May 2007

Here Comes Spring (And The Spawn)

By Wayne Gustaveson

Long-awaited spring warming is imminent. Bass have been poised all month on the edge of the flat waiting for warmth that will trigger the spawn.

Looks as if it will finally happen. There was some largemouth bass nest building and spawning in the northern lake early in the month, but the big smallmouth spawning event is still to come.

Sight-fishing for aggressive bass that have just spawned is exciting. Male bass that guard fresh eggs on the new nest will attack anything that comes close to “his nest.”

Aggression peaks for two days post-spawn and then tapers off each succeeding day after that. Timing the trip to coincide with actual spawning ensures a memorable trip.

That will happen this weekend and beyond.

Let The Guys Go

Catching bass is not all that technical in these conditions. Basically, anything that swims near the nest is fair game.

The lure choice is then determined by confidence of the angler. Past success with a certain lure, technique or presentation should determine how to fish during the next week. If it worked before, it should work even better now.

For beginners, perhaps the easiest and most effective bait is weightless plastic bait like the Zoom Fluke or Yamamoto Senko. Toss the bait beyond the nest, retrieve until it is over the nest, and then let it slowly descend right on the rocks.

The male bass will take it on the way down or pick it up and carry it off the rocks. Catch the male bass off the nest, but then release it to protect the eggs from predation.

If bass are to be kept for supper, keep the females or those fish not on nests. In the bass world, males determine the survival of the next generation, and females are excess fish to be harvested.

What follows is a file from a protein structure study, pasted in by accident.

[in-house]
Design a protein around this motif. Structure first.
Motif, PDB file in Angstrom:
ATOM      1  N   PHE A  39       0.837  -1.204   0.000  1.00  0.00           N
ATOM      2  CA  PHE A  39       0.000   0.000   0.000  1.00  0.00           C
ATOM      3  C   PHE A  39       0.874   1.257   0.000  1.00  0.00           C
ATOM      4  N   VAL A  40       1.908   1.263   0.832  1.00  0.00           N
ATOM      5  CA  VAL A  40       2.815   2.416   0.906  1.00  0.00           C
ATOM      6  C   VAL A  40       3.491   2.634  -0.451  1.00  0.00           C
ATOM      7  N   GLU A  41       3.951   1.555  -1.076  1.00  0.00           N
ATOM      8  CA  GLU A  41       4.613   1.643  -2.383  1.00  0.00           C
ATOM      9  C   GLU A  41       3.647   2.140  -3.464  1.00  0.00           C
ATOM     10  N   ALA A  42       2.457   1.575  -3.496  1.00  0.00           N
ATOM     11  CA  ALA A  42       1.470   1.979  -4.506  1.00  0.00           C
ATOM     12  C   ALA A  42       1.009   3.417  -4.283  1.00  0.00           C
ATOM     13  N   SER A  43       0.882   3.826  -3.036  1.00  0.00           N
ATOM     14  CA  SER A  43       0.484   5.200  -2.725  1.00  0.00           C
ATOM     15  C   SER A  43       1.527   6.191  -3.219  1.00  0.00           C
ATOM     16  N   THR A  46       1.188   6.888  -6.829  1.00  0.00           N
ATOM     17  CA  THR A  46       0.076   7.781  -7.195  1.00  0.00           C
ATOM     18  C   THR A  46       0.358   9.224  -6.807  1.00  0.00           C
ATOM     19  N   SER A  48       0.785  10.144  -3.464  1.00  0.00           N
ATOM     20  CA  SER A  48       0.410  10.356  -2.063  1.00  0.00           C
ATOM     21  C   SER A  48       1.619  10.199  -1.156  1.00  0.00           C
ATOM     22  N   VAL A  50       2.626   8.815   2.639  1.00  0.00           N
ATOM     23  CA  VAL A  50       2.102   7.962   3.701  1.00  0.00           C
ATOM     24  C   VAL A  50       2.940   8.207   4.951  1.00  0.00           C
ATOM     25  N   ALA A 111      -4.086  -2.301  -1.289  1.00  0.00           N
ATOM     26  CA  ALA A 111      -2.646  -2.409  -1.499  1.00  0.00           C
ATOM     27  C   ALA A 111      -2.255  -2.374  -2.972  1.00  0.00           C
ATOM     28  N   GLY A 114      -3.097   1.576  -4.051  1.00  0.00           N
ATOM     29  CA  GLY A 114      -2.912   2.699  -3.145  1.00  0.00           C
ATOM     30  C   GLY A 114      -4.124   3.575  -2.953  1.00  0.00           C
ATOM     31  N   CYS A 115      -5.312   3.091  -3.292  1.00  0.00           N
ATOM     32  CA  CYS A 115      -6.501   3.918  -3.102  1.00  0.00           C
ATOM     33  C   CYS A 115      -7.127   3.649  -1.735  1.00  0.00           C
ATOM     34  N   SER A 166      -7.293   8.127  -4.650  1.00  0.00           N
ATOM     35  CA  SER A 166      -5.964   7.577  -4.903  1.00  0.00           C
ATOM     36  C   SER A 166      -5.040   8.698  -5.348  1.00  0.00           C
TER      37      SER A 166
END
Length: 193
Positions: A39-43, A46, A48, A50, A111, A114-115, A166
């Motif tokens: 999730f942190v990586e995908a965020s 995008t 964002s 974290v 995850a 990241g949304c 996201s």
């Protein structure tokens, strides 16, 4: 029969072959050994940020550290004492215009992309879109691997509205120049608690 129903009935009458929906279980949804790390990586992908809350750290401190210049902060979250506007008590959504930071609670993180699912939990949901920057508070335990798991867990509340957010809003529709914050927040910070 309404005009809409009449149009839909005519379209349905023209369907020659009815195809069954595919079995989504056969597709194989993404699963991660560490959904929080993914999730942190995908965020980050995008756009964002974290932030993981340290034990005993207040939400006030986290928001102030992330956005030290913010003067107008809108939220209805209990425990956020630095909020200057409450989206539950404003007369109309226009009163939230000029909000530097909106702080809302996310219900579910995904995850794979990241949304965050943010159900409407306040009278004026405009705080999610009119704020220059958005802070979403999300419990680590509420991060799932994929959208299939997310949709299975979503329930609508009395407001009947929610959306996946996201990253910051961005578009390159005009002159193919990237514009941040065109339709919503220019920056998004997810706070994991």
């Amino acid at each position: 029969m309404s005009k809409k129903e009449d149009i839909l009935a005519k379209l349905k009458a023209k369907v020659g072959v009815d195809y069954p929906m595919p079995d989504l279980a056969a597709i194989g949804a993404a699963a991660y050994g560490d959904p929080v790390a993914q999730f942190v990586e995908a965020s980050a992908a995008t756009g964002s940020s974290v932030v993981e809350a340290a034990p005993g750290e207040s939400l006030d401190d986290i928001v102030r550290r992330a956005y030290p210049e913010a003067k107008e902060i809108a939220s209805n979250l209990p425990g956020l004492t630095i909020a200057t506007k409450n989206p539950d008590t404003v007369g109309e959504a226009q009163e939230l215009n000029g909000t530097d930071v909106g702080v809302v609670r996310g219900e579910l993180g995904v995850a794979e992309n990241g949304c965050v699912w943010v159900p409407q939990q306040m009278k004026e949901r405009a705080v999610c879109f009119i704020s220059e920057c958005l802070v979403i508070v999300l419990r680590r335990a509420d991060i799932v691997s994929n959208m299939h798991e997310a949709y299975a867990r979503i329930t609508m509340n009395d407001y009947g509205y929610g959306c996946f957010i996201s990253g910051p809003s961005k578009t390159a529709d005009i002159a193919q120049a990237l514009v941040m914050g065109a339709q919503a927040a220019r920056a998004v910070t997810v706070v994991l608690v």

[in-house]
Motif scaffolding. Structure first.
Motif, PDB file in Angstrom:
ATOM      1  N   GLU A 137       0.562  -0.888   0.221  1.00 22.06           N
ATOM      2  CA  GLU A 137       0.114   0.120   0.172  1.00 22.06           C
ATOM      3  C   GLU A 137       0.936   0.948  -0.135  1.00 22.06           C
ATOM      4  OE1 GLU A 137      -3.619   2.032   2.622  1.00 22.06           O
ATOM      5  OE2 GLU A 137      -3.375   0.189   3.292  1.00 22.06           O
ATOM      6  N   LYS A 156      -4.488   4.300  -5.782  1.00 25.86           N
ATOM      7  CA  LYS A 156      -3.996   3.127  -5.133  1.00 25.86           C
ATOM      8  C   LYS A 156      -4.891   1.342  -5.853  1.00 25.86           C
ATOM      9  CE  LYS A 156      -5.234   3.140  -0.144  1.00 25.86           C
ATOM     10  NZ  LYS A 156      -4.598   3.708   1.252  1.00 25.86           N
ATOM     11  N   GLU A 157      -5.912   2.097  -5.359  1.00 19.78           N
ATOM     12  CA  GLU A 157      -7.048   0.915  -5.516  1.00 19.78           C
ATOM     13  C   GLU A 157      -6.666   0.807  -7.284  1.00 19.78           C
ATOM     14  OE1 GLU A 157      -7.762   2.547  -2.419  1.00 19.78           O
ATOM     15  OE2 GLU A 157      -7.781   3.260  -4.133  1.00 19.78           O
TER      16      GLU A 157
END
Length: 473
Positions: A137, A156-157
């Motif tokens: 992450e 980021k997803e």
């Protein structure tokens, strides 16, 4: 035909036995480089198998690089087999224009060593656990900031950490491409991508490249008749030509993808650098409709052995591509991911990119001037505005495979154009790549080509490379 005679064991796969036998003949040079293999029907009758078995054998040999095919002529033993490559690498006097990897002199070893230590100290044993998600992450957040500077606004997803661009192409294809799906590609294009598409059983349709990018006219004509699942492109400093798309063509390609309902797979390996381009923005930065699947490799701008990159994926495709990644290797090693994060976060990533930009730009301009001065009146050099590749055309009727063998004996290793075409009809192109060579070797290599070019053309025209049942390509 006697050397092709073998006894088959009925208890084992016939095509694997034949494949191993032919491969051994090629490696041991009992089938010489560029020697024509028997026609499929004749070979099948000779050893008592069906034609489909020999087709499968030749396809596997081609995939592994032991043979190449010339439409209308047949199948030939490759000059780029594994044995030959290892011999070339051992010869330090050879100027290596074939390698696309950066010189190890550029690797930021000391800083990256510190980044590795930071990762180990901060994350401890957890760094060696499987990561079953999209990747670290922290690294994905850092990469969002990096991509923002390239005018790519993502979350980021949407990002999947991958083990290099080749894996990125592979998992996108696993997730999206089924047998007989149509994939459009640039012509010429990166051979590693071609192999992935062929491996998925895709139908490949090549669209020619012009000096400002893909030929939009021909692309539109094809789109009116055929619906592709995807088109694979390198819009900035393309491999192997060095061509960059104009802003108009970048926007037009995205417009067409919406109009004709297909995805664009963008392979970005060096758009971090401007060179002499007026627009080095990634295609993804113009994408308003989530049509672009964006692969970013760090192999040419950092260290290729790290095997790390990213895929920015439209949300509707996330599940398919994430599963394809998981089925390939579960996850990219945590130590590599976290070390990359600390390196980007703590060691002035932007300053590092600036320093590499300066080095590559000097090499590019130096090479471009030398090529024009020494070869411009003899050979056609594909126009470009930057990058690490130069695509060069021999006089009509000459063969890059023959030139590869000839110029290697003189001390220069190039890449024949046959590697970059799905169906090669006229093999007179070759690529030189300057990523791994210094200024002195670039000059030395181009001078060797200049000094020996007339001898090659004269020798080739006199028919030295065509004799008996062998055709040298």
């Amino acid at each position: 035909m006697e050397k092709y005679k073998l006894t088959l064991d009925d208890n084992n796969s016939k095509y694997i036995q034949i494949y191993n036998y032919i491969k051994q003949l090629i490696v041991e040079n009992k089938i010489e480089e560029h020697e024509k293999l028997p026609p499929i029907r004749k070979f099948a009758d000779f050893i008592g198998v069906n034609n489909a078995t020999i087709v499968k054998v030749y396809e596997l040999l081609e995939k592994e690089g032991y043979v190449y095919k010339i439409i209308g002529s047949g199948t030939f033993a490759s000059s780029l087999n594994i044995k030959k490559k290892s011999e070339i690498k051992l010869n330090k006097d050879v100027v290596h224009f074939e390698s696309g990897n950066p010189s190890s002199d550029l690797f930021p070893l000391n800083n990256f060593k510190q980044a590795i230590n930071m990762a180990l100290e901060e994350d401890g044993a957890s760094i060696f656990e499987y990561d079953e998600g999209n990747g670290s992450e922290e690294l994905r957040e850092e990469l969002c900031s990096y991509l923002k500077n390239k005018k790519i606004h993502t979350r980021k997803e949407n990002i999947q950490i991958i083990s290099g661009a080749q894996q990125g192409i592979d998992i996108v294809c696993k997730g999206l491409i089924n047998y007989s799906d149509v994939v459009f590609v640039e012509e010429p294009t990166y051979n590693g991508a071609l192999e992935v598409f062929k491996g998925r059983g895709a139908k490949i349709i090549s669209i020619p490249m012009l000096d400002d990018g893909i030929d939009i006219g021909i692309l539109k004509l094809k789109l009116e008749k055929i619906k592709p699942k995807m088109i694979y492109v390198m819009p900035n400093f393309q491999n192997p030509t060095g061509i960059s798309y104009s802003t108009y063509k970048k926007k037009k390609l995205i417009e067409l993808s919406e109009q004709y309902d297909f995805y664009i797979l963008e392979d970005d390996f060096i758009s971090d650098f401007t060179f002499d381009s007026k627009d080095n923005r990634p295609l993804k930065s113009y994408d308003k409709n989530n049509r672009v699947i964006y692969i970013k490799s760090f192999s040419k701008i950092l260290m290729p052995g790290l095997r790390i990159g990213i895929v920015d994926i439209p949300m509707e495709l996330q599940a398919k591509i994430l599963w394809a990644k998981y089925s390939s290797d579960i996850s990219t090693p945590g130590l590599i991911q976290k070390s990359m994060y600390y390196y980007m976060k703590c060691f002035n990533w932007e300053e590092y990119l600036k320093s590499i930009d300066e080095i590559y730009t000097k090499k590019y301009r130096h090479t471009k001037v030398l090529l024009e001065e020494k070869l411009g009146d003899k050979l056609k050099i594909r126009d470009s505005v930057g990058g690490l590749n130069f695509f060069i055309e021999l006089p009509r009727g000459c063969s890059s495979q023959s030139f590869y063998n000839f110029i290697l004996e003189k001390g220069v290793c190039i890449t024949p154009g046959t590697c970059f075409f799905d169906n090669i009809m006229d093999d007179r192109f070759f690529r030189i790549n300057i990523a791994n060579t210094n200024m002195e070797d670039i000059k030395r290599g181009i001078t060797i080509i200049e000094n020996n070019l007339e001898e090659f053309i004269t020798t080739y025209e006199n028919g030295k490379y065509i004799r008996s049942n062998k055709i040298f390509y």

Crappie Also Spawning

Crappie will be spawning at the same time. Crappie will nest in thick cover and the male security guard will often be a very black color.

Release the black fish and those caught on nests to ensure the survival of the next generation. Use small plastic or hair jigs on very light jig heads (1/16th – 1/32nd ounce). Place them about 4 feet under a bobber to present the bait at a steady depth and a slow speed, which crappie prefer.

And Stripers Are Hot

Striper fishing is red hot in the channel near the dam. Use anchovy bait for a big catch of adult fish prowling the canyon walls.

Try the dam, Buoy 1, Antelope Canyon, Buoy 9, and Navajo Canyon for a big catch. Uplake start fishing at Moki Wall, Moki Canyon, and the wall upstream from the mouth of Moki. Lake Canyon and the mouth of Halls Creek are good as well.

Striper fishing is even better in the backs of canyons around brush piles that harbor small sunfish. Both adults and juveniles are hanging out in the backs of canyons.

Find them by fishing reaction baits like a lipless vibrator or jerk bait, on the shallow edge of the canyon near deep water. Cast to the shoreline much like fishing for bass.

Stripers, bass and walleye are sharing the same habitat. A hooked striper is usually accompanied by five others trying to grab the bait from its mouth. When one striper is being played, cast behind the hooked fish to catch the school mates.

Jerk baits like pointers, bevy shad, and Bomber long As work well, as do plastic grubs and tubes and spoons. Use your confidence lure. The fish will love it too.

At press time, lake elevation was 3,600, and water temperature was 57-66F.